After watching RT grow and learning of how they began, it became very apparent where hard work could get me. Confidence would always be my major struggle but it became clear that what I really wanted to do involved putting myself out there and taking risks. So, slowly I pushed myself to take risks and to grab opportunities when they were available. This included studying in Oxford (with a push from Peter), finishing a novel to be read and analysed by my classmates (more on this in a future post), applying for a full-time professional writing job when I hadn’t finished studying, and recently taking the opportunity to work alongside a company to review their book.
I never thought I’d get to where I am now. I mean, comparing it to the huge company Rooster Teeth makes it seem quite small. However, these opportunities add up and they make me proud. My confidence in my skills has increased and I put myself out there more than I did before.
This has translated into my writing. I find myself feeling like my skills are good enough for what I do. I have more energy and motivation, and I don’t sit there for hours reading over a sentence over and over again thinking it needs to be rewritten because it’s not ‘poetic’ or ‘beautiful’ enough.
Meeting different cast and crew over the years also pushed me to continue moving forward. And this year, getting to attend a ‘content creation 101’ panel at RTX Sydney really opened my eyes to the reality behind getting anywhere in life.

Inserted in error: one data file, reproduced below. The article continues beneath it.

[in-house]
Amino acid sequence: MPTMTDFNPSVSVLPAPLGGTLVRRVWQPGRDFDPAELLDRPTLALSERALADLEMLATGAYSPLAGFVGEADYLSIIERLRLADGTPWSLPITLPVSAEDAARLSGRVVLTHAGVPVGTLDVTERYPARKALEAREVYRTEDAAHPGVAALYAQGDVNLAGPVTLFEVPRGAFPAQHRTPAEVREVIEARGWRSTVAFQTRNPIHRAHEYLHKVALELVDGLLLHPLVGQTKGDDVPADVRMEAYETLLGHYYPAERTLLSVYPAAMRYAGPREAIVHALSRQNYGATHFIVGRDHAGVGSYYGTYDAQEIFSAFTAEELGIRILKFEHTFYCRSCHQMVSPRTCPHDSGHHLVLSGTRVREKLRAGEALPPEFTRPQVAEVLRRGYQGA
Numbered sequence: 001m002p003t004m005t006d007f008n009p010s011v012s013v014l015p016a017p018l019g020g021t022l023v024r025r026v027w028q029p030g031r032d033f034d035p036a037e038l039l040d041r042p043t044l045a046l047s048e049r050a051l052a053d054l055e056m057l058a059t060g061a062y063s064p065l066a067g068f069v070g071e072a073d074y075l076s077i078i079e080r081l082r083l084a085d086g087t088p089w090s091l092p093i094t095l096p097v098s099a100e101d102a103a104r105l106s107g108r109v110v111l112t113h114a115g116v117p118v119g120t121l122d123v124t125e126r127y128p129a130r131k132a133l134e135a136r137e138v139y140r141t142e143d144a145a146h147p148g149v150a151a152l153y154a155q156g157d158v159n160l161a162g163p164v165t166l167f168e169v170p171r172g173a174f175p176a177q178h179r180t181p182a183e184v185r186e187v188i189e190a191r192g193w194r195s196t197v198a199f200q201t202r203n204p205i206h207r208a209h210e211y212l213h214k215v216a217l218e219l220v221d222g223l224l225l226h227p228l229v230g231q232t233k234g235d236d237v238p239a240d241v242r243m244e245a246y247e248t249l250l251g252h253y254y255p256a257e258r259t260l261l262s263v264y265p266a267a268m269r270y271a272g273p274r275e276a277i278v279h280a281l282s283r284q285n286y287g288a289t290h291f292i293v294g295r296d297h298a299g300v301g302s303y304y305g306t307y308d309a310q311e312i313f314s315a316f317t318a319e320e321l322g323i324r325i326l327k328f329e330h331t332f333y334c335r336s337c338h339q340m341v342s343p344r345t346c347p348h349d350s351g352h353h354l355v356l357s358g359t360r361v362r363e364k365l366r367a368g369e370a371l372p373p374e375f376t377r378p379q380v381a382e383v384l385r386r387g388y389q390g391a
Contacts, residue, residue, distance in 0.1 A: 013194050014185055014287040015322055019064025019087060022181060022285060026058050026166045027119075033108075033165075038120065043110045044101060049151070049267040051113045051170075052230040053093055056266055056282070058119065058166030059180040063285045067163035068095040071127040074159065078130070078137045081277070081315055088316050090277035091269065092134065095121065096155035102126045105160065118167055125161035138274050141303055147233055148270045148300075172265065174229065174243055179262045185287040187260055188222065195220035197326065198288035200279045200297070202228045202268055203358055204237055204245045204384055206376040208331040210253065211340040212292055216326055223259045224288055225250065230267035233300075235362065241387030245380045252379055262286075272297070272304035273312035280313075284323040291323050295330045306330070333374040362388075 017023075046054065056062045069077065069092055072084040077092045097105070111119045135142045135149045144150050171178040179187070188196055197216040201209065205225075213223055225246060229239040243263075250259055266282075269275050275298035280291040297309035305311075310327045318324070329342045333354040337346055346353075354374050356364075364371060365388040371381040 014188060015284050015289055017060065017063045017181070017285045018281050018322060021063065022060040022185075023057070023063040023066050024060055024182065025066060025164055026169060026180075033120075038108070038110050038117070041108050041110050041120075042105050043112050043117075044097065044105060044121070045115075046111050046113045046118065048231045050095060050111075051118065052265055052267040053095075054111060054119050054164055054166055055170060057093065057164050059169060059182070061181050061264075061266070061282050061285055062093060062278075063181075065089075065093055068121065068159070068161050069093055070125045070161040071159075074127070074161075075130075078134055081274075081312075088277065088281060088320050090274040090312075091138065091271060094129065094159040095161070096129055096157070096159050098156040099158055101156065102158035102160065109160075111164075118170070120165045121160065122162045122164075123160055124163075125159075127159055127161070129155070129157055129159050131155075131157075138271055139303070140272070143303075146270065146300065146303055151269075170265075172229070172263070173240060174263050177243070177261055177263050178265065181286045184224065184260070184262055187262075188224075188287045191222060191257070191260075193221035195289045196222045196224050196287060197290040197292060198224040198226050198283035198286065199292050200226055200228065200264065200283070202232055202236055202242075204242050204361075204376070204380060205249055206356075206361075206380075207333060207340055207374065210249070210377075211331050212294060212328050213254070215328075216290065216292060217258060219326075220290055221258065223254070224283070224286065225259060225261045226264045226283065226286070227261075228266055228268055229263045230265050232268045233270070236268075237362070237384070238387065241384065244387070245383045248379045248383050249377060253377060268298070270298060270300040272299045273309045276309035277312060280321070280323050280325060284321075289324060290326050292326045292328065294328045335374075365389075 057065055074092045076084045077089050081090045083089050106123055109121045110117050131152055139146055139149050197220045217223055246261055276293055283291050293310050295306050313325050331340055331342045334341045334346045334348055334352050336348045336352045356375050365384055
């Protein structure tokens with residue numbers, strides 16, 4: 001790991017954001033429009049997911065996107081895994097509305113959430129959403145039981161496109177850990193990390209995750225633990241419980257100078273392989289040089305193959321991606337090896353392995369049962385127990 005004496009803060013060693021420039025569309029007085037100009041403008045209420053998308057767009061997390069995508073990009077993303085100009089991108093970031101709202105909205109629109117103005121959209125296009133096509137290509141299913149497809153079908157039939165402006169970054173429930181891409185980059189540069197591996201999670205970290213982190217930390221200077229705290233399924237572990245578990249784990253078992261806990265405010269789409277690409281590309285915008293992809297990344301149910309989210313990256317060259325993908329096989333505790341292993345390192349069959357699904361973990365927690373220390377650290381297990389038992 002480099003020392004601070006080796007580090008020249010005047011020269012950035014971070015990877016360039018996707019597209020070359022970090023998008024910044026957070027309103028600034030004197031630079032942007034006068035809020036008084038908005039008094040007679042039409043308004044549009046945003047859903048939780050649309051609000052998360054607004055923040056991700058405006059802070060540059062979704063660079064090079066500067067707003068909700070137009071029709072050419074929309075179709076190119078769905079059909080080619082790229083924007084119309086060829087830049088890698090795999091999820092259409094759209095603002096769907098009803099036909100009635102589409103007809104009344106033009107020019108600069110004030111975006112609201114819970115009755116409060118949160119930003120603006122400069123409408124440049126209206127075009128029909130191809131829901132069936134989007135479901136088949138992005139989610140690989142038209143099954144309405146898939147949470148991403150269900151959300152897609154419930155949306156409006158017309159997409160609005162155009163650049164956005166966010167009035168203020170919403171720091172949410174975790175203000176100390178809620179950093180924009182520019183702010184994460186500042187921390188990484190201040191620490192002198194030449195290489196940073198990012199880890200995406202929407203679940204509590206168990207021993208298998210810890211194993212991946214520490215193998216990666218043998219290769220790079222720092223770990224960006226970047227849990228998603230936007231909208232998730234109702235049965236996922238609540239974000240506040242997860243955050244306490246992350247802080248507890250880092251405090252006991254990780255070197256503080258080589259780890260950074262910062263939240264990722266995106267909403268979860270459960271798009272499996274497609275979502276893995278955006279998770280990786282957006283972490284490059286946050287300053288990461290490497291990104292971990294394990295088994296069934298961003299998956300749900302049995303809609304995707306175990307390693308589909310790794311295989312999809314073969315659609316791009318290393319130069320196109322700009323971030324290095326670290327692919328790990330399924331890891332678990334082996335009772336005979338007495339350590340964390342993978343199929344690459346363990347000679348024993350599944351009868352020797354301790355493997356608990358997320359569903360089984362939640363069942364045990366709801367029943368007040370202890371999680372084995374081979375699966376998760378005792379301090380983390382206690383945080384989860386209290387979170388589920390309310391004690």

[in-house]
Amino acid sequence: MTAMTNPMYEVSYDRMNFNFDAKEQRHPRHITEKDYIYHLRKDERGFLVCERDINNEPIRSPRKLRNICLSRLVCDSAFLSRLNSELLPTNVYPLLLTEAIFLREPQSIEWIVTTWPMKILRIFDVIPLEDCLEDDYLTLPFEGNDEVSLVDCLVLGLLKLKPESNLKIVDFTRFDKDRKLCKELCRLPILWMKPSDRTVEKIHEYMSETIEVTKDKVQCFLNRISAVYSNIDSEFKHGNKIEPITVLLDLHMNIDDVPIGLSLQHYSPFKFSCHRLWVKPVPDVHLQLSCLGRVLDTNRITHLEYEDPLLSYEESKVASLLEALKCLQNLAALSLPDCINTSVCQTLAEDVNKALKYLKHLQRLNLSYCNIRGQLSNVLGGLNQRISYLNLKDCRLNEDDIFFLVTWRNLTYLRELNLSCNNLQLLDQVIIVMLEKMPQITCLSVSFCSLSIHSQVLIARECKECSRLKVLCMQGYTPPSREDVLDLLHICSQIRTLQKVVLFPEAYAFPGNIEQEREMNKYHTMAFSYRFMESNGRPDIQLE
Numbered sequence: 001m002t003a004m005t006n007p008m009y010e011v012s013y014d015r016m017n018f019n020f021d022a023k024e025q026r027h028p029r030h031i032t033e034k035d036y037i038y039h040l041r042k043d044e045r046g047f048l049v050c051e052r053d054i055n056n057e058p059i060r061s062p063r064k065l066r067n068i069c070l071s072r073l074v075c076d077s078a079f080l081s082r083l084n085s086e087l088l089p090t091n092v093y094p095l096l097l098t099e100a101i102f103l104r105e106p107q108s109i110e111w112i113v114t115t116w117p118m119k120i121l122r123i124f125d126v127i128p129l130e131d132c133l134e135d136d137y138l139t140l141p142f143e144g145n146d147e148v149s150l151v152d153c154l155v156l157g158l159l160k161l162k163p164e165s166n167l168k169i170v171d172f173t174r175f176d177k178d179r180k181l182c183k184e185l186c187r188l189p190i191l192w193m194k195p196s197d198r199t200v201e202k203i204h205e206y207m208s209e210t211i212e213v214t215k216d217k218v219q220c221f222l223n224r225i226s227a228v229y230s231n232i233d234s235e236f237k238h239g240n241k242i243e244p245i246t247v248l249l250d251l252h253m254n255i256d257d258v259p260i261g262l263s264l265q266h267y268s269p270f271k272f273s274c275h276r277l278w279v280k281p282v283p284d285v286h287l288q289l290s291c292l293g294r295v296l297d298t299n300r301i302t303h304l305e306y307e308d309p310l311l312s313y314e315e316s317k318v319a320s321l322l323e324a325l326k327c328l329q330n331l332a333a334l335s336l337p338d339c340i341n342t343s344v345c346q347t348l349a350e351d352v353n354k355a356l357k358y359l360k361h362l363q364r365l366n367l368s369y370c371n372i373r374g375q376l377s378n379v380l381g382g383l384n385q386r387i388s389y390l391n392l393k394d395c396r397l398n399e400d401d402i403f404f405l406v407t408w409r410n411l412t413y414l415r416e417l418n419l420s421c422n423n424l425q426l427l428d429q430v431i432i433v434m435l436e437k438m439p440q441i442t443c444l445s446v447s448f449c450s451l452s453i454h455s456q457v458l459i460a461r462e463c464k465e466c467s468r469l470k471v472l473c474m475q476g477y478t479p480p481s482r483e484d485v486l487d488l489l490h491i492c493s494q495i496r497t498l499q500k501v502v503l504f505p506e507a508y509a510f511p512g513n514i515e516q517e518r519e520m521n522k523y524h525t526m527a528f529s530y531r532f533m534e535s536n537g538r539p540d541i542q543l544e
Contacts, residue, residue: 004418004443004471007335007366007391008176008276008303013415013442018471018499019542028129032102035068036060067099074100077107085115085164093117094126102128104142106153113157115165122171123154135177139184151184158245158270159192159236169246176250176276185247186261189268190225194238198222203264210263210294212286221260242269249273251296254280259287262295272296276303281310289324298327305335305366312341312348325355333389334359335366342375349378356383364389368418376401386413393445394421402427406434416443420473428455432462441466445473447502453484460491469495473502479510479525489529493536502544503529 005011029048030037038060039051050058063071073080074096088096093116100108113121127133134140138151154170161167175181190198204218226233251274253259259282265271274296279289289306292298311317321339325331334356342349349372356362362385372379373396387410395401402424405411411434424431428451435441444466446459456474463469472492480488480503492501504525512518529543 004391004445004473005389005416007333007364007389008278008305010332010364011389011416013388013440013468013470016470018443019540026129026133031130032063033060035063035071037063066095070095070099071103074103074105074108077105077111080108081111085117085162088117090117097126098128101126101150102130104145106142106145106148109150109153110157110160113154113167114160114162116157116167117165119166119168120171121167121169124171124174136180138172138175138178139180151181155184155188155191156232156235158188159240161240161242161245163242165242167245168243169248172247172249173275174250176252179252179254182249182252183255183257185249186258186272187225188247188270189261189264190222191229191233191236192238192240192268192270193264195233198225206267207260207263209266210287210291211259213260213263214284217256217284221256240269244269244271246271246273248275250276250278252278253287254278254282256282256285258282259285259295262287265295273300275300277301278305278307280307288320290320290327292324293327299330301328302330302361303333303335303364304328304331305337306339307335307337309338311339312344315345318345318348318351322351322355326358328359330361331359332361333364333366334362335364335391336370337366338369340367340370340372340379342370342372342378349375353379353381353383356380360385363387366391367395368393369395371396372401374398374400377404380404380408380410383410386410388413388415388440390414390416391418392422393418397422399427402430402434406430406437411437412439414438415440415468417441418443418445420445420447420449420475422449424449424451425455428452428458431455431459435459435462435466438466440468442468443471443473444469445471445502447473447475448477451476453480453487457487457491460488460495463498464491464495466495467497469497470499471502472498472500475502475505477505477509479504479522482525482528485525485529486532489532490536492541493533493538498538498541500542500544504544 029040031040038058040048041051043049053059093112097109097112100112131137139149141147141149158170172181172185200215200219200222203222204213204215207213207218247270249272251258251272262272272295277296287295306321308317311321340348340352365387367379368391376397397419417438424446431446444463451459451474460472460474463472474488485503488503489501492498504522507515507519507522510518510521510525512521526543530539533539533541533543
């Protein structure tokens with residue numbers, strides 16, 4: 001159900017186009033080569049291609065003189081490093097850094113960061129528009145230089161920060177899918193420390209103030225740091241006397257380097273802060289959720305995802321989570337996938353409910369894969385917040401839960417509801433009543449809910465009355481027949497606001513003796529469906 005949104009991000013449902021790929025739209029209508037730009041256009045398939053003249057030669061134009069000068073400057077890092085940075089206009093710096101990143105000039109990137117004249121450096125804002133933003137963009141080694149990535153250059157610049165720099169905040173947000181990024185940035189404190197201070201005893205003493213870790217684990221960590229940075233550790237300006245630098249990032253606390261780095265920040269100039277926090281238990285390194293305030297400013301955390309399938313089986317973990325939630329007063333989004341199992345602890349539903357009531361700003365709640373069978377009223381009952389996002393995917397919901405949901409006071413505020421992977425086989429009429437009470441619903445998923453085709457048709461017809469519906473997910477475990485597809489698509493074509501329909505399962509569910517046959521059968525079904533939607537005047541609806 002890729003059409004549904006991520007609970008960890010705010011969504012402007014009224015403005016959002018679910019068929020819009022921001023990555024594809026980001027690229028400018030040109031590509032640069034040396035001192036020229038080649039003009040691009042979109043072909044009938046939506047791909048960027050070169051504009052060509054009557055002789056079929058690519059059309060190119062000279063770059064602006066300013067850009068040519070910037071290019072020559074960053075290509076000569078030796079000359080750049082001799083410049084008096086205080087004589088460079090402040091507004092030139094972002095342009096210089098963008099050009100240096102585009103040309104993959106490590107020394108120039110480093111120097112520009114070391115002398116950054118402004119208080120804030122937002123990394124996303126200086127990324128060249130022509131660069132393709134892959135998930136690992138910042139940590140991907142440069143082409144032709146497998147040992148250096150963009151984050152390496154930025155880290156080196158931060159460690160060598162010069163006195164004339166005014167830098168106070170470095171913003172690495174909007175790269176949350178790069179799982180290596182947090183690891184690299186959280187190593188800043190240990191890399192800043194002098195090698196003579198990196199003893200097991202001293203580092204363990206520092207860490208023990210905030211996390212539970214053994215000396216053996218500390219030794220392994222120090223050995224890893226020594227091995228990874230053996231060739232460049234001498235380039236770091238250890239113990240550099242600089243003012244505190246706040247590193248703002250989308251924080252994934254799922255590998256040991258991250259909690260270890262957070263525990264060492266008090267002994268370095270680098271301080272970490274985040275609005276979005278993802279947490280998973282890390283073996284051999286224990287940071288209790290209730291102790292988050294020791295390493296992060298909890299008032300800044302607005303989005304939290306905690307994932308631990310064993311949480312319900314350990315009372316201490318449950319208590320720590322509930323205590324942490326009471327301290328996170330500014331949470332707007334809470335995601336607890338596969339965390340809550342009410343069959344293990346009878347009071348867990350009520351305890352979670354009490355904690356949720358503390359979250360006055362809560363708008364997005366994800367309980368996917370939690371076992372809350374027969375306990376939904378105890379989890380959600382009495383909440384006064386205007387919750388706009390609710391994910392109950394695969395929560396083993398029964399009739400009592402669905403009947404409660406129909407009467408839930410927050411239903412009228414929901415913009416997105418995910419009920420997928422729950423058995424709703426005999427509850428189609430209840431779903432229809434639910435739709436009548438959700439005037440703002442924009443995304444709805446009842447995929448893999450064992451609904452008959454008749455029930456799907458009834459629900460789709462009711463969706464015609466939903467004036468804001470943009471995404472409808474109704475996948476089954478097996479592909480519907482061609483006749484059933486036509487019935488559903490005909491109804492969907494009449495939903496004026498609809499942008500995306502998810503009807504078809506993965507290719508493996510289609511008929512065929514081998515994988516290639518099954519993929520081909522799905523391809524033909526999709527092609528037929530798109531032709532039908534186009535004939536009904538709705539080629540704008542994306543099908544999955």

And that is working hard, pushing yourself, being passionate in what you do, and striving to be better.
To hear them have moments where they didn’t feel like the content they were creating or what they were doing was worth it but continued to push forward really resonated with me. Also, hearing that they all had a passion to tell stories and that was why they did what they did opened my eyes.
Although the impression they have made on me isn’t directly involved with my creative writing, I know I wouldn’t have been so passionately driven to do what I’ve done without their influence. The confidence to do what I want to do, to strive towards living and working doing what I love can all be pin-pointed back to the first season of Red vs Blue when I was 12 or 13, unaware of how much influence that would have on my life.
Is there anyone out there that has influenced you in the same way? I think having that outside influence is important. I could go on and on if I was writing about all the people who have changed me individually but that would be a very long post. However, having Rooster Teeth as an outside reference provides a different perspective.
If you want to check out other Creative writing journey entries, read my previous ones:
Creative writing journey: Oxford
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Charlotte is a reading and writing lover who has completed a creative writing intensive course at the University of Oxford and is a current university student studying a double degree in journalism and creative writing. If you are curious to learn more, check out the 'About' page.